I read your note and admire you for admitting your bias. I hope you will not mind if I suggest a few ideas that reflect my pro- biochar bias.
You write: 'There is a central process involved (fermentation and distillation / combustion) but the goals are almost completely opposite (clean complete combustion into gas / smoky pyrolization with non-burned byproducts). And as a rocket stove enthusiast, I am somewhat biased to regard biochar as... well, maybe slightly more attractive than slug bait."
If you were to make a small TLUD, perhaps as shown in the Biochar ACtivity Kit", <http://www.greaterdemocracy.org/archives/1316>
; you would see for yourself that even a simple TLUD in a 15 oz can is NOT very smokey. Quite the opposite. A well tuned device burns pyrolytic gases much cleaner than burning solid biomass -- with many fewer nasty by-products than your average wood stove. Particulate matter, especially at the micron level, in the exhaust stream of combustion systems is always an issue. Please watch this video to see how smoke free pyrolysis can be: <http://www.youtube.com/watch?v=Kg95KYrH8PI>
. Further, the byproduct, charcoal, is not unburned at all. Burning = combustion. Pyrolysis is NOT combustion. Rather, the biochar is the harvest of carbon that photosynthesis has pulled from the atmosphere. It also converts the carbon from easily oxidized organic carbon to difficult to oxidize elemental carbon. It is this conversion that give biochar its longevity in the soil. It is this long residence time in the soil, the retardation of the natural carbon cycle, that leads many to say that biochar is carbon negative. Every one pound of biochar put in the ground has removed 3 pounds of CO2 from the atmosphere. This removal of CO2 from the atmosphere is a good thing. Why not embrace it?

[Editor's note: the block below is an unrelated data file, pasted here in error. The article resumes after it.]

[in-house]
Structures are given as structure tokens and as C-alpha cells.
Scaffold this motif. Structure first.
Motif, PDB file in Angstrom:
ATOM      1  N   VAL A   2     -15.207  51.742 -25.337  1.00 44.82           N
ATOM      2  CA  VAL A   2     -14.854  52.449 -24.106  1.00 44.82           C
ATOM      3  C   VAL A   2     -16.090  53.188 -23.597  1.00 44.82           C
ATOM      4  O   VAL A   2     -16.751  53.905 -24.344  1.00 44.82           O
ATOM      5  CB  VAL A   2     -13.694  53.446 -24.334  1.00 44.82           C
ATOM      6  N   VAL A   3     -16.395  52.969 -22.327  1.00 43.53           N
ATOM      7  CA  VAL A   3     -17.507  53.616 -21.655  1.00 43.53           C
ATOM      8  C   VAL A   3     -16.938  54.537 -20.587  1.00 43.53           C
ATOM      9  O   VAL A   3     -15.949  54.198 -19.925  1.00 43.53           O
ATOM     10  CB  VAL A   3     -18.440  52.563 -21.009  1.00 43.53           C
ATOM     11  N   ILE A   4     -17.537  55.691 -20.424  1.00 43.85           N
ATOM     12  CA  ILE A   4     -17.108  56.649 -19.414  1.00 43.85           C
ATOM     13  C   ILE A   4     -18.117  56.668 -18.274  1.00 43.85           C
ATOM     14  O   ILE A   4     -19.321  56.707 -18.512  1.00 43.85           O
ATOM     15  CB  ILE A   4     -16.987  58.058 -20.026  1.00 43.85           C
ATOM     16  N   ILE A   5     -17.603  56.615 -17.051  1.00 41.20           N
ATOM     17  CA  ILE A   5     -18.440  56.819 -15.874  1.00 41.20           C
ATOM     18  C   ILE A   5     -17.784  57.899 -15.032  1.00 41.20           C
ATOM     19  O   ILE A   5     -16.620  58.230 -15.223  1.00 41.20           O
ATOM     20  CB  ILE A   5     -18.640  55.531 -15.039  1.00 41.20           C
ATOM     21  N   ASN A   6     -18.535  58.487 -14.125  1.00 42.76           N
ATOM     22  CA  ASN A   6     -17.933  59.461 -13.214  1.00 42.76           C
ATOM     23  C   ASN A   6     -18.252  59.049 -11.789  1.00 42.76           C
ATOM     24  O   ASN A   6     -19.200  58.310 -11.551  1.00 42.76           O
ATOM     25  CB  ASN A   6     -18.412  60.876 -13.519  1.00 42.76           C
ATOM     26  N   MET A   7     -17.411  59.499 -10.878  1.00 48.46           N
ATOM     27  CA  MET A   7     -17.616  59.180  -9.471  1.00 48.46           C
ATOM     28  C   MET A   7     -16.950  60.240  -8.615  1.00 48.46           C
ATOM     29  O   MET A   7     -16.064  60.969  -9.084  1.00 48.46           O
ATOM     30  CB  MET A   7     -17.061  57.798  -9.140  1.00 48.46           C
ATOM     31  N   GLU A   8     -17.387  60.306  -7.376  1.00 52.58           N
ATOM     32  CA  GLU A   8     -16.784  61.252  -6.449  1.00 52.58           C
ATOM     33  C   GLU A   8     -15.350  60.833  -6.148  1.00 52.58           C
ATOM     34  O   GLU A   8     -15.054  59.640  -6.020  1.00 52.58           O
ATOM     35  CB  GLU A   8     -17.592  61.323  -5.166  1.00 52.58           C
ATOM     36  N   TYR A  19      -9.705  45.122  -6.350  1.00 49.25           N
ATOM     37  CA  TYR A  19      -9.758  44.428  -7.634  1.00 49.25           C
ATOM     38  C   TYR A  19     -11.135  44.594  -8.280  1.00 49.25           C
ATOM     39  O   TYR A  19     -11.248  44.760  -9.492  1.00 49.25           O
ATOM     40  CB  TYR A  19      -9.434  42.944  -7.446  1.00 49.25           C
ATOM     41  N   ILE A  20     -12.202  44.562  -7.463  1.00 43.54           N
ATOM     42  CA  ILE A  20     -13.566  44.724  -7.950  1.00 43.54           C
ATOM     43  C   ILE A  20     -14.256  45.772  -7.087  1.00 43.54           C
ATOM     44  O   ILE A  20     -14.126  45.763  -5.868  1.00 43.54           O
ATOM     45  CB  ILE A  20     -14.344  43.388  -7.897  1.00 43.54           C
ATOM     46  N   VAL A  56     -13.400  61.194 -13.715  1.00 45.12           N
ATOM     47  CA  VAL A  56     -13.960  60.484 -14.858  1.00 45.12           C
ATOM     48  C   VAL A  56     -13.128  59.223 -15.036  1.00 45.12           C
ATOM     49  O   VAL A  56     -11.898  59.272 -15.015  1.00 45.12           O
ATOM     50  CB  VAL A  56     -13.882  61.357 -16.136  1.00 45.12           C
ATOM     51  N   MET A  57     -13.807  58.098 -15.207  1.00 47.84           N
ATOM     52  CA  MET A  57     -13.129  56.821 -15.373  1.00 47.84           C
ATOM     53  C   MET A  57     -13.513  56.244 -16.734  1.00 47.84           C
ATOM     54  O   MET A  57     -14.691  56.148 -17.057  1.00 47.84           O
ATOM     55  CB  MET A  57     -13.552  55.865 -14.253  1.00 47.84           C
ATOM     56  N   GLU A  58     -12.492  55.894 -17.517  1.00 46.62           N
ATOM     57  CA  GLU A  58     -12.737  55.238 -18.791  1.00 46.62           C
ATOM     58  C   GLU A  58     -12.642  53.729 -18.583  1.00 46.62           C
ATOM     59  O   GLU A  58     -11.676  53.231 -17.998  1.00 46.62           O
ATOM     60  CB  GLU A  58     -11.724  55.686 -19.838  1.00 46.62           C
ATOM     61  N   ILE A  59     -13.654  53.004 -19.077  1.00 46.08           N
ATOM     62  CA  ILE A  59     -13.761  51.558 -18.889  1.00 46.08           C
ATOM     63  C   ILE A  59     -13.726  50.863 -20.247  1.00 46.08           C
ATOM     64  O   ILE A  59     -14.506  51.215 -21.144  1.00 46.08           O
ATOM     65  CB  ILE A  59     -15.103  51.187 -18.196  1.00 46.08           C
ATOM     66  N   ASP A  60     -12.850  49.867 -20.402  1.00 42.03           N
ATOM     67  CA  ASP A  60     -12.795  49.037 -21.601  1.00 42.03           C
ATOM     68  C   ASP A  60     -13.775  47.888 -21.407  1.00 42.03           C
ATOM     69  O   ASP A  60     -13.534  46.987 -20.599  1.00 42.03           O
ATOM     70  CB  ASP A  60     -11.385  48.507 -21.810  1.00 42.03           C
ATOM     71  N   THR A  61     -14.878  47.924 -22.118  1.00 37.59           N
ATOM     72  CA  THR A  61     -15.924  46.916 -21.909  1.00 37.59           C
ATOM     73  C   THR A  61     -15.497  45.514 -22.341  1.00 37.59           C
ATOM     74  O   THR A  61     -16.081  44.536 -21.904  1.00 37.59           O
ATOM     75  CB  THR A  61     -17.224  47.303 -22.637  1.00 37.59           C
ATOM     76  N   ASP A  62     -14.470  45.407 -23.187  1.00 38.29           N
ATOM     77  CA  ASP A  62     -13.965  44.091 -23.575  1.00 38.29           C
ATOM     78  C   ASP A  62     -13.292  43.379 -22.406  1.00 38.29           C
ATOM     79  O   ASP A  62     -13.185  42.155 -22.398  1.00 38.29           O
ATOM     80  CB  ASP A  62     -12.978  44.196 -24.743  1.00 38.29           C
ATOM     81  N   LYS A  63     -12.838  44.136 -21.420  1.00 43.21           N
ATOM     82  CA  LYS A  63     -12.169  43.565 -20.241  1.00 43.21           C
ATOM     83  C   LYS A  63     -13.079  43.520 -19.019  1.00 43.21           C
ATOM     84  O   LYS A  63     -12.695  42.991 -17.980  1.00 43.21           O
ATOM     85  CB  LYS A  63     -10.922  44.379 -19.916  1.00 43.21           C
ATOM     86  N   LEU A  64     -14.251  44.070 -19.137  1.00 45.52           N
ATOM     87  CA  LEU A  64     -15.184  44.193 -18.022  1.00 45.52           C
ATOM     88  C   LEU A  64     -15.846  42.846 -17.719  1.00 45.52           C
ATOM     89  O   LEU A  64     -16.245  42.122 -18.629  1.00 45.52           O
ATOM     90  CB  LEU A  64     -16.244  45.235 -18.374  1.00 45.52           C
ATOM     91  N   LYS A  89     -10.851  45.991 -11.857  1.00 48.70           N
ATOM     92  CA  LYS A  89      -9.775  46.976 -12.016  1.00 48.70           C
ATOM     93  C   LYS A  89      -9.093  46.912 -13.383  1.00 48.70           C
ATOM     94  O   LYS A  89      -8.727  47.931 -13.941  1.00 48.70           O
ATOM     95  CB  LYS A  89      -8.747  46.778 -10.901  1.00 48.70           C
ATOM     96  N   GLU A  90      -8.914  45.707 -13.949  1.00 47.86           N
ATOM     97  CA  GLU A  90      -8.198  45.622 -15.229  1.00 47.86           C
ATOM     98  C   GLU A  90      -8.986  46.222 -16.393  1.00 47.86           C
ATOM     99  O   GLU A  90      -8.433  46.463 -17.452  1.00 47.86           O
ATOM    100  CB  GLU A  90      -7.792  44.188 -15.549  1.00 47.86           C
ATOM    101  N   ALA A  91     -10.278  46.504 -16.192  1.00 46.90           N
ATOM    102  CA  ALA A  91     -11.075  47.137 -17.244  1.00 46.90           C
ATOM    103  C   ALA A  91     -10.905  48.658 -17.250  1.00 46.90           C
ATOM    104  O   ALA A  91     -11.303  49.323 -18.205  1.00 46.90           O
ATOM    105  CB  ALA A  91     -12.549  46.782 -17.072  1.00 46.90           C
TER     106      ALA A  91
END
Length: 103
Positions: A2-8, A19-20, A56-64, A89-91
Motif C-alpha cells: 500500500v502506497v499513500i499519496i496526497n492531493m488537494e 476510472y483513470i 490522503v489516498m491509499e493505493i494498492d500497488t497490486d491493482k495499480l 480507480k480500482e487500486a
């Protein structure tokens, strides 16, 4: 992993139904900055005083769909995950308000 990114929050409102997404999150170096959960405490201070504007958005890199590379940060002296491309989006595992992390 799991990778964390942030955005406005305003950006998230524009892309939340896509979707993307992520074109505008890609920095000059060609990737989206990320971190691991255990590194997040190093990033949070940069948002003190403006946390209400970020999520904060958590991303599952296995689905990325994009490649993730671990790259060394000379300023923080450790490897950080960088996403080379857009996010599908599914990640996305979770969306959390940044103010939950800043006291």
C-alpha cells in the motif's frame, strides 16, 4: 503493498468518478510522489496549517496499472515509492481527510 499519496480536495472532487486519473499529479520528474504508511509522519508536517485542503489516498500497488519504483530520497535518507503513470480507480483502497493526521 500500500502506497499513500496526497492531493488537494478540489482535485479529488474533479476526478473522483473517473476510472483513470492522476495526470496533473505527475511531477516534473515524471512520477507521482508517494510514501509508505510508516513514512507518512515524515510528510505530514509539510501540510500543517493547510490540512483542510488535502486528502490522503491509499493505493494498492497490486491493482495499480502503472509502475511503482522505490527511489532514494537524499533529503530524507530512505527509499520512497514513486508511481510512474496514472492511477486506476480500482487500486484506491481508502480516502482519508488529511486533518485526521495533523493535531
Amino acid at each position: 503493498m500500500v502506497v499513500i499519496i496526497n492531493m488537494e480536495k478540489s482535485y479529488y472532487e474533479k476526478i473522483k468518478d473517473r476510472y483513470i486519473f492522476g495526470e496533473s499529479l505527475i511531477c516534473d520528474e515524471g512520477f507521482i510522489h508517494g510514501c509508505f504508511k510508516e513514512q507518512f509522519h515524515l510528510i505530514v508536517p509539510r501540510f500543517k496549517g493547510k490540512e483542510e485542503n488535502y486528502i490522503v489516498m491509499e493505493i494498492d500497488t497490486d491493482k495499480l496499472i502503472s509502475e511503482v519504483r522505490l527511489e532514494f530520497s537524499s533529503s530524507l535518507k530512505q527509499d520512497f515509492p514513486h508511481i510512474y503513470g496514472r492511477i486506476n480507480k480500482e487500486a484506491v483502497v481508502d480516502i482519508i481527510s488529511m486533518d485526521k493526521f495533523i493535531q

Fundamentally, a TLUD is not a Rocket Stove. Nor is a retort a rocket stove. A well designed TLUD, for example, could be used to provide the thermal energy to heat a thermal mass as in a RTM heater. The difference is that it would take more feedstock to offset the carbon being harvested for use as a soil amendement. This extra biomass improves the efficiency of the systems removal of CO2 from the atmosphere. And a TLUD powering a thermal mass heater would be carbon negative, which the Rocket Stove is not. In this way the biomass, perhaps wood, would have at least three functions in the stack: heating your home, providing carbon for your garden, and lessening the CO2 load in the atmosphere. What is not to like?
A consideration I do not see any mention of is simply this: what would be the impact on forests if millions of people started to use large amounts of wood in a HugelKultur raised bed garden? Further, it would appear that the wood and its carbon will need to be restored every few decades. If a mix of biochar and compost were used instead, it would deliver benefits for many times longer than the use of simple raw biomass. Thus the use of biochar and compost would extend the use of the garden without the need for regular infusions of woody biomass. Evidence: the vitality of centuries old terra pretta.
Note: Biochar is sterile and empty when it comes out of the TLUD or retort. It is important to "charge" it with nutrients, minerals, water, and microbes before adding it to your soil. Mixing it with good compost, perhaps with some sea salts, is a great way to "charge" the biochar.
In the above scenario, it is important to understand that the biochar does not have to be made from wood. I have made excellent biochar from grass. Others have done so with many other materials, waste streams, including paper and sewage sludge.
In the end, we both want the same thing: A new world that is better than simply sustainable. Raised beds are great. Thermal mass heaters are great. Compost is great. Being carbon negative is certainly attractive. Food, water and energy security are all highly valuable goals. I suspect we also agree that it is important to do more with less, thus I am sure you too support energy positive housing.
Finally, in the end, the use of biomass for energy is at best a bridge to a future that has found better ways to get the job done. And I do NOT mean nukes